Windows Vista – Orphan in the Sky
A popular theme of science fiction writers is a sort of high-tech cargo cult, in which ignorant descendants of an advanced culture live, dependent and uncomprehending, on the towering technical achievements of their forefathers. This idea turns up in everything from Heinlein (”Orphans of the Sky”) to Star Trek (
#38, “The Apple” #63, “For the World Is Hollow and I Have Touched the Sky” — thanks to Eric for the correction).
There is historical precedent. Radiocarbon dating of the Egyptian pyramids yielded an archaeological surprise: the biggest and most advanced ones came first. Thereafter, they became progressively more primitive, as successive generations essentially made imperfect, poorly understood copies of the original.
One might argue the Enlightenment was similar: a new reasoning methodology fomented by Descartes, Galileo and Bacon triggered a blinding flash of collective insight, fading ever since, even as we discover ever more.
A more immediate example appears to be Windows Vista and, more generally, Microsoft product development. Here are some forgotten technologies of the Forefathers of Microsoft
Compatiblity engineering. This is the primary complaint about both Vista and AdCenter. These two products are arguably the top two strategic priorities for the company, so if both suffer the same failing, the problem is systemic to the company.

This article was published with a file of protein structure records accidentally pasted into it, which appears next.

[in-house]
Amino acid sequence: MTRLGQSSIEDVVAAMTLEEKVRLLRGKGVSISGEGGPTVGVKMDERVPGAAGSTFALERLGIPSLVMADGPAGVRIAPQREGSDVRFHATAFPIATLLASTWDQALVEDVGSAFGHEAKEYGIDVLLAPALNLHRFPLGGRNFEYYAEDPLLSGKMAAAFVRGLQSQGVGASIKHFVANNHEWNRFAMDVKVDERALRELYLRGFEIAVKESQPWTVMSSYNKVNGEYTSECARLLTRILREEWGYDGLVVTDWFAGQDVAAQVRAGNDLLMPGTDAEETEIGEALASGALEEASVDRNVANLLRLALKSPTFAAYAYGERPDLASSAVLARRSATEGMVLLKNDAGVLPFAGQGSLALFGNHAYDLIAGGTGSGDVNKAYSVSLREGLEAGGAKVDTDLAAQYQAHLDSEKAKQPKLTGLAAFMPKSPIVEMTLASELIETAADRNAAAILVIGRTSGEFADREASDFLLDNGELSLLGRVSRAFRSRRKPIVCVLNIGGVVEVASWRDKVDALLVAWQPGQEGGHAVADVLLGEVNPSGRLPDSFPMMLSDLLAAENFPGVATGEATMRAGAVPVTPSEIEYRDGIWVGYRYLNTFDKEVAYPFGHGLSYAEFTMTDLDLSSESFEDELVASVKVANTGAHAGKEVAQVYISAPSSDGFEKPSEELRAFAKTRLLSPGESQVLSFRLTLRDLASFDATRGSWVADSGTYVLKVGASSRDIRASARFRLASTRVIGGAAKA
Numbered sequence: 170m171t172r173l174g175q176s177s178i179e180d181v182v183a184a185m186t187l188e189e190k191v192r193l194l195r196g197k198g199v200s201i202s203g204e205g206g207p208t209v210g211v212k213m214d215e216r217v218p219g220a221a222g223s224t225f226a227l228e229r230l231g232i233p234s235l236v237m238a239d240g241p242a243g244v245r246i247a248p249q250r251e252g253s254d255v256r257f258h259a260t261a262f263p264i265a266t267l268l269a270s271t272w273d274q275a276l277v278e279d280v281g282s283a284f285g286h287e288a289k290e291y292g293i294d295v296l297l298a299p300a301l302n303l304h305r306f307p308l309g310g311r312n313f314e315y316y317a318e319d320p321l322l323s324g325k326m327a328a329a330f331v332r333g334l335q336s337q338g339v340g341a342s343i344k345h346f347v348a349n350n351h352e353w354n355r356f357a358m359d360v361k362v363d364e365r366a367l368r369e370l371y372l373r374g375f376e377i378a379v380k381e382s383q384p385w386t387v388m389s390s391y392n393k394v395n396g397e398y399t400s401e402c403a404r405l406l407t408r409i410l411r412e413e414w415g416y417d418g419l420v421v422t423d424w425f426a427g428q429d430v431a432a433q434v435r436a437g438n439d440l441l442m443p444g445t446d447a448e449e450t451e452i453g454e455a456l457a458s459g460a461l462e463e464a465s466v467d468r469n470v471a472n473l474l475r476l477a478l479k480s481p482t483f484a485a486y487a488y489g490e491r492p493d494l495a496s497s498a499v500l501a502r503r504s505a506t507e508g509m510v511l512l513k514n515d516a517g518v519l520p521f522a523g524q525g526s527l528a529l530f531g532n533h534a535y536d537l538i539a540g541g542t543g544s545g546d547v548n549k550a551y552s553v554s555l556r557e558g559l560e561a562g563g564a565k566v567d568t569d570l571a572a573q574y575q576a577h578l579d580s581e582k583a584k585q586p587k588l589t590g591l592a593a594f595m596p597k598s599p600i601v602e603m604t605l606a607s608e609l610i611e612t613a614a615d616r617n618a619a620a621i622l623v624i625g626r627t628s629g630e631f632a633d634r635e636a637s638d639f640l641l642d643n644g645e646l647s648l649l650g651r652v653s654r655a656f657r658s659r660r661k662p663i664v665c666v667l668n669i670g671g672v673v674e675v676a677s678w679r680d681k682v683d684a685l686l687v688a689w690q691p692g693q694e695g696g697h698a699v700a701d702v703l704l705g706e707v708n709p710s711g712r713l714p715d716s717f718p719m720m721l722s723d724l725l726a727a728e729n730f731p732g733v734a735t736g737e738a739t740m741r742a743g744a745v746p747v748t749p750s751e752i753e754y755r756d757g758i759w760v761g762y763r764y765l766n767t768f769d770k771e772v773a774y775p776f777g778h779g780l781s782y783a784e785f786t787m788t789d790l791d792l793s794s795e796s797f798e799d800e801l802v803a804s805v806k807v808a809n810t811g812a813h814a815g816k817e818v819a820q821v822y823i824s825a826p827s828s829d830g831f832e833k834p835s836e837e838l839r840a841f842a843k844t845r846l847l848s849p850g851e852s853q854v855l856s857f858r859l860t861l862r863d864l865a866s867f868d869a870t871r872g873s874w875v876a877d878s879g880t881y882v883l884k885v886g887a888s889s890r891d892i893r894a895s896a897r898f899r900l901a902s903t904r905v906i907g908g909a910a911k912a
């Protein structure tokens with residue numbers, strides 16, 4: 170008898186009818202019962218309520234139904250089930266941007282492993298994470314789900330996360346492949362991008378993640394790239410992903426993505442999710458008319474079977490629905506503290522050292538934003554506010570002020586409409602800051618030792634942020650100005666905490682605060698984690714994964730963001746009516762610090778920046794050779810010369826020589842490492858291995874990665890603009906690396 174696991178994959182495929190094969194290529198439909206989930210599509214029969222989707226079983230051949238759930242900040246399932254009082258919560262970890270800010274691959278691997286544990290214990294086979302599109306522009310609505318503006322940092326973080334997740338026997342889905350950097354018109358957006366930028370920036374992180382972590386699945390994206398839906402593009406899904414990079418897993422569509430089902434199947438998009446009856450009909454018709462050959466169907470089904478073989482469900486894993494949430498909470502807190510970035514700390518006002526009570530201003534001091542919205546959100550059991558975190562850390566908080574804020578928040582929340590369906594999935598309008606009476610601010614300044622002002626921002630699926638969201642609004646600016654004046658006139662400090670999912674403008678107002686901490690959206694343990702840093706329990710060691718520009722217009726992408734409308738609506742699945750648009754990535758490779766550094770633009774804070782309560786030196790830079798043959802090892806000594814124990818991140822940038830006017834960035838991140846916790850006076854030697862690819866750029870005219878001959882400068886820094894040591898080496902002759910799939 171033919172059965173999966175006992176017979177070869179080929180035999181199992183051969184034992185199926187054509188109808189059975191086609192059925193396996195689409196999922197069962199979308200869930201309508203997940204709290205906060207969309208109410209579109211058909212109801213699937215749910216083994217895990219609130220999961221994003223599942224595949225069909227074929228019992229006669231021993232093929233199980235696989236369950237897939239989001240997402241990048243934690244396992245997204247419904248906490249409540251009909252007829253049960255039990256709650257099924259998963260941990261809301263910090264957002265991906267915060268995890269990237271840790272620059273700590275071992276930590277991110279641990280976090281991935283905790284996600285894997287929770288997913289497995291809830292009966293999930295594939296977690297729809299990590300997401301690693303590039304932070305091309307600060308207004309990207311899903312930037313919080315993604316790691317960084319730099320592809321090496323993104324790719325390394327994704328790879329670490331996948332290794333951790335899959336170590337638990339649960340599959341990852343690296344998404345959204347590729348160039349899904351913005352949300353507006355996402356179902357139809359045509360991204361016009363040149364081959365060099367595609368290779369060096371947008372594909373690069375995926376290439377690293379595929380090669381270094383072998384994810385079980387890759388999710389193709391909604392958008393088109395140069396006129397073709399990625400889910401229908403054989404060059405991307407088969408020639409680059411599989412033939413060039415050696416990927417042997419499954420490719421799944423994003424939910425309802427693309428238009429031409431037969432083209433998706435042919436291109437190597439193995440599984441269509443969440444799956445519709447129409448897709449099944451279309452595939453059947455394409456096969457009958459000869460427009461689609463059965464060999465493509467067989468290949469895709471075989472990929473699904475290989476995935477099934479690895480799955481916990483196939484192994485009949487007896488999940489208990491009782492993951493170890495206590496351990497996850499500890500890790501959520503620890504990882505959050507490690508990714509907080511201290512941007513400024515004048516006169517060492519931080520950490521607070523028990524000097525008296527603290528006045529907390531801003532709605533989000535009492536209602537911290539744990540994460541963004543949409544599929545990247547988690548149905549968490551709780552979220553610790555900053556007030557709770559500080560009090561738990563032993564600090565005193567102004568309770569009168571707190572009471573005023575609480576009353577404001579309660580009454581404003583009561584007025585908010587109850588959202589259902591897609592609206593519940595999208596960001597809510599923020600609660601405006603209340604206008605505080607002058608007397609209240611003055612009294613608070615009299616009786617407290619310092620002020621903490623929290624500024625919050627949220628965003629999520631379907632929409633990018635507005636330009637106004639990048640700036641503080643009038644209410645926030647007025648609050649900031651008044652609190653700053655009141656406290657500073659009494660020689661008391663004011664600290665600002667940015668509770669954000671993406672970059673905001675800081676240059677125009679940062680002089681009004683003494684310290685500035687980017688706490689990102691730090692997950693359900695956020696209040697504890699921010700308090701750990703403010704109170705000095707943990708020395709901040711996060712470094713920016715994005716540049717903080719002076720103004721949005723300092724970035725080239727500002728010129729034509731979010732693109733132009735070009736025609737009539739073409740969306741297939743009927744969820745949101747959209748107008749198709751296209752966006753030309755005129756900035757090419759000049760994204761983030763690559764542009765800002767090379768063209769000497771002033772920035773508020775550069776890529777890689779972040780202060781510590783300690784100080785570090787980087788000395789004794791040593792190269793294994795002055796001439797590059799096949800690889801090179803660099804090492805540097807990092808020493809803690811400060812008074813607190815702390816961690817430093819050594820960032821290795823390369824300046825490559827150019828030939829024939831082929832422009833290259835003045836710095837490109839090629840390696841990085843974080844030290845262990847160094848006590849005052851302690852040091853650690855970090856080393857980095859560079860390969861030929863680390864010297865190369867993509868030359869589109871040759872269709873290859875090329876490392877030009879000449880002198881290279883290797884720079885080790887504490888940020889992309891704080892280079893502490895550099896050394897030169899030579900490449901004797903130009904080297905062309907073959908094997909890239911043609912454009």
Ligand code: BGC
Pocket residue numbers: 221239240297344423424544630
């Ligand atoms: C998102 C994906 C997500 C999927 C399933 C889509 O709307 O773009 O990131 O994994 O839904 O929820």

Sustained initiatives. Traditionally, companies feared Microsoft in part because it could sustain a strategic focus for years at a time, chipping away at a market until it took over. This characterized Excel in the 80s, Windows in the 90s, and XBox in the 00s. This seems less true today. What looks like sustained focus today is merely a group of insular departments just doing what they did last year, over and over again.
Speed. Say what you want about MSFT, but in the 80s and 90s, by and large, they wrote fast code. They were early commercial adopters of C/C++, they knew downcoding, they knew about designing data structures for speed, etc. It’s hard to see those strengths in the newer products. Adcenter is slow compared to lightning-quick alternatives (Google). Vista is slow compared to alternatives (Intel Macs). In both cases, no advantage is offered in return for this slowness.
The overall impression is that Microsoft is now a pilotless, decaying spaceship, carrying the childlike descendants of its brilliant forebears to a distant, forgotten destination.